Early on when Laurie and I discussed her main characters, we had decided there should be some little bits of clothing to humanize Robbie and his older brother Ben. Laurie liked having Ben wear a baseball cap, and perhaps big sneakers for Robbie, to make him look smaller and younger and maybe a little clumsier than his older brother. In initial sketches I had given them orange and red jackets, thinking they’d stand out in green foliage – then when I started doing pages I realized it was autumn in the story and the leaves would be those colors. So I switched their jackets to blue and green.

The story has a number of scenes that take place during a rainstorm so I tried to vary the spreads between pages that bled off the sides and vignettes where there was white space around the illustrations, as well as full double page spreads where it was warranted, to keep the scenes from looking too similar.

Laurie suggested that the storm scenes should stay very blue and gray, so that at the end of the story when there are beach scenes, the change to sunny warmth would really be apparent to the reader. I agree it worked really well.

After this stage I started painting finished art for the book. I’ll write more about that, and about developing the cover art, in Part 3.

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“Robbie to the Rescue!” is available now through BookBaby HERE.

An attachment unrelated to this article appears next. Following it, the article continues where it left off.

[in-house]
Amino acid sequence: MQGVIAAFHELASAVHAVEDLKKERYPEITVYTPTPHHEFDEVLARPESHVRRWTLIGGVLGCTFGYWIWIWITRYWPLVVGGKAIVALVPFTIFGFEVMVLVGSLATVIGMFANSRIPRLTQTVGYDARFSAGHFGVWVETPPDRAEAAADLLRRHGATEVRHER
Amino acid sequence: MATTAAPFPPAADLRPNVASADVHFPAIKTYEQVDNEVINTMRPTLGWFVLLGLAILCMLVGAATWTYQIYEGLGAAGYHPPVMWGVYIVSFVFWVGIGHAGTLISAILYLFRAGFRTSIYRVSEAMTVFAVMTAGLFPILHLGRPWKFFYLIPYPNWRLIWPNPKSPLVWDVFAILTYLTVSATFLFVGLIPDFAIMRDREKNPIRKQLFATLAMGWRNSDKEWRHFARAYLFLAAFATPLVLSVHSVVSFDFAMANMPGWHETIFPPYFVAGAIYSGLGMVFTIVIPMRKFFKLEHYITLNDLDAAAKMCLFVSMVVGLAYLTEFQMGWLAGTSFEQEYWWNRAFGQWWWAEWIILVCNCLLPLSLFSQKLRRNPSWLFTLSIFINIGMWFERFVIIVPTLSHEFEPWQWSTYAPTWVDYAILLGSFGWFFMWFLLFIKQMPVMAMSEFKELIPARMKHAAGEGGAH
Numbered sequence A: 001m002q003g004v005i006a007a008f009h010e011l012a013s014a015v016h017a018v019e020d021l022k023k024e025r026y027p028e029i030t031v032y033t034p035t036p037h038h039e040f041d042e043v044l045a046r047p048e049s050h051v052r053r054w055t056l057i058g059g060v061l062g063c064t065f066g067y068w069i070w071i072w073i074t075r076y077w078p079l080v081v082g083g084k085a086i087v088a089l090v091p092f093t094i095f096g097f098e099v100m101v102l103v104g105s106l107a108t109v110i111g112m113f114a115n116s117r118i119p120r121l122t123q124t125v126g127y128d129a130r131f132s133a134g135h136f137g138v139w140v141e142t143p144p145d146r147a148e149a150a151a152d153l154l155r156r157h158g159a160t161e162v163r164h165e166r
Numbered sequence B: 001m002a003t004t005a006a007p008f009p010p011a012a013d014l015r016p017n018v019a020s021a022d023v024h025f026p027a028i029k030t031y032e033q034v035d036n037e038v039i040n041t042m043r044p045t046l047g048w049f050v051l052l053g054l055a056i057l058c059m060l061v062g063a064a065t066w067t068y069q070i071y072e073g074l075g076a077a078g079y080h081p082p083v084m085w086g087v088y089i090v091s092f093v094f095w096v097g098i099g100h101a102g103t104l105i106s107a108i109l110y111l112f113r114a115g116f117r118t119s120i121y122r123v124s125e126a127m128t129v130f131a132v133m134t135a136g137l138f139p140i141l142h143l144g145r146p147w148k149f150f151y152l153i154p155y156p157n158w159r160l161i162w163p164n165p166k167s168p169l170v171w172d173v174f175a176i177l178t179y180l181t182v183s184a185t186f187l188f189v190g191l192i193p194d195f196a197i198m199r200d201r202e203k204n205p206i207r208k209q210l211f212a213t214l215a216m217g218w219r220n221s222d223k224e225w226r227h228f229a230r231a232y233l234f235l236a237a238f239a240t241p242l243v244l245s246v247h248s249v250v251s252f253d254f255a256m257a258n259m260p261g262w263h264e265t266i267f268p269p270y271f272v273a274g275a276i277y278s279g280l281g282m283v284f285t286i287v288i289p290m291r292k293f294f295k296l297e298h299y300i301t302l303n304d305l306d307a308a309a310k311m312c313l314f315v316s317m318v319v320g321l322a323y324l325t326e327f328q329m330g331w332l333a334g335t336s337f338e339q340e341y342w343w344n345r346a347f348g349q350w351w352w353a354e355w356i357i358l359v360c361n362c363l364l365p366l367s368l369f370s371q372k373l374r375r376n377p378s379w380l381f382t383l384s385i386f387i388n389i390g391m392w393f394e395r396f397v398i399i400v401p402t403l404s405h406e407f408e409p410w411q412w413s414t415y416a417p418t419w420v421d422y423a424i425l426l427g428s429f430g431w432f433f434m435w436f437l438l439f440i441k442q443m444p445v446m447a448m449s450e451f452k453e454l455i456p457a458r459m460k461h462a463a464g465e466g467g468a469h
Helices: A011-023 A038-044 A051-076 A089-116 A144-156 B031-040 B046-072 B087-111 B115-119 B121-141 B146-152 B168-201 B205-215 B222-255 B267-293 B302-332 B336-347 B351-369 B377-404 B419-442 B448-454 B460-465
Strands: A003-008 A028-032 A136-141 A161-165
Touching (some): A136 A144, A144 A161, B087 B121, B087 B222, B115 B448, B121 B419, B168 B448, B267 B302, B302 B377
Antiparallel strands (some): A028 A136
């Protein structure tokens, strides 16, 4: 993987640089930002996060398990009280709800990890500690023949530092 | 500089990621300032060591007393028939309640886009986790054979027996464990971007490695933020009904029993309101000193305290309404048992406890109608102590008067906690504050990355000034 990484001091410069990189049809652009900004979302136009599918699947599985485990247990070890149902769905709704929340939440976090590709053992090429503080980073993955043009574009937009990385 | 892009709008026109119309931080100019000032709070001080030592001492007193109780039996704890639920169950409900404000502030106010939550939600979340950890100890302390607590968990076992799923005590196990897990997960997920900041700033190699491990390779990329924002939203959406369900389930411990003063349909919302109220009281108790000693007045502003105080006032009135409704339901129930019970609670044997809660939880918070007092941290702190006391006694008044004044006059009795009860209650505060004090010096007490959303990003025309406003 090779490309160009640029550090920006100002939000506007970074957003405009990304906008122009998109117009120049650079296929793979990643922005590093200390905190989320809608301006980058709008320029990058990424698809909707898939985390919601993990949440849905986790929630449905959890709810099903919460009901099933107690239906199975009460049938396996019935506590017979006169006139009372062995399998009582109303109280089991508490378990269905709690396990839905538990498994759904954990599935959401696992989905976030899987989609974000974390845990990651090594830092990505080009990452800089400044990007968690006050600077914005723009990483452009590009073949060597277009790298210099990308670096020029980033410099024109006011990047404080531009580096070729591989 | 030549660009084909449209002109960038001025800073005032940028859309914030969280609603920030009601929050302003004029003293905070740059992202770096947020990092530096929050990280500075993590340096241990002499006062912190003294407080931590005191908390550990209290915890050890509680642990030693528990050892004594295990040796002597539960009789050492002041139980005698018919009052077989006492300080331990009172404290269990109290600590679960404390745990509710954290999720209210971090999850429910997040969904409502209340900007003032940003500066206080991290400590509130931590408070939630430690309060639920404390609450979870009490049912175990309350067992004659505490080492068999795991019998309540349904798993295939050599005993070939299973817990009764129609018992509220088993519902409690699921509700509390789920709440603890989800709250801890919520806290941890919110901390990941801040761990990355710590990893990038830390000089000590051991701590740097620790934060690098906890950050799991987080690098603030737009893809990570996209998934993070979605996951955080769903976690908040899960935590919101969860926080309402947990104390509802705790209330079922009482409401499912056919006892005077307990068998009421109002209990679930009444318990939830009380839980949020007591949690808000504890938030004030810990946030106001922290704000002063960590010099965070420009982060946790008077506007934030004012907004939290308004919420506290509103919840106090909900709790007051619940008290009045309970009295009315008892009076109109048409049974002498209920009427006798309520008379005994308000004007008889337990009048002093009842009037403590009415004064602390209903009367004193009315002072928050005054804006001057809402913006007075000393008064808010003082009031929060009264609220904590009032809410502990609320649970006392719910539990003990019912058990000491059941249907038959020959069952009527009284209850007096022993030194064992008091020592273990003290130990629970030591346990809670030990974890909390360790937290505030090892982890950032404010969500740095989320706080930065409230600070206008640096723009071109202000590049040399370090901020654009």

Illustrating “Robbie to the Rescue!” Part 1

I recently completed illustrating a new children’s picture book, written by Laurie Nowlan, Robbie to the Rescue! It’s a lovely story about brother robins and how they help each other through the younger brother’s first southern migration. I think it’s a very good sibling story, with lots of touches that happen between real brothers and sisters, so many children will relate to it.

I first spoke at length with the author about how she imagined the characters and the flow of the story. Laurie is a retired teacher and has been writing for a long time so she had already given this much thought. I di some black and white and color sketches of the brother birds and more or less used them as my prototypes when developing the page art – although you’ll see some colors changed.

With the author’s suggestions I laid out the text and drew pencil sketches for each double page spread. I drew a very loose pagination, which just helps me visualize a variety of page setups before I design, like this –

Then I drew pencils of each spread like these samples.

I’ll explain the next steps in the process in my next post.

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“Robbie to the Rescue!” is available now through BookBaby HERE.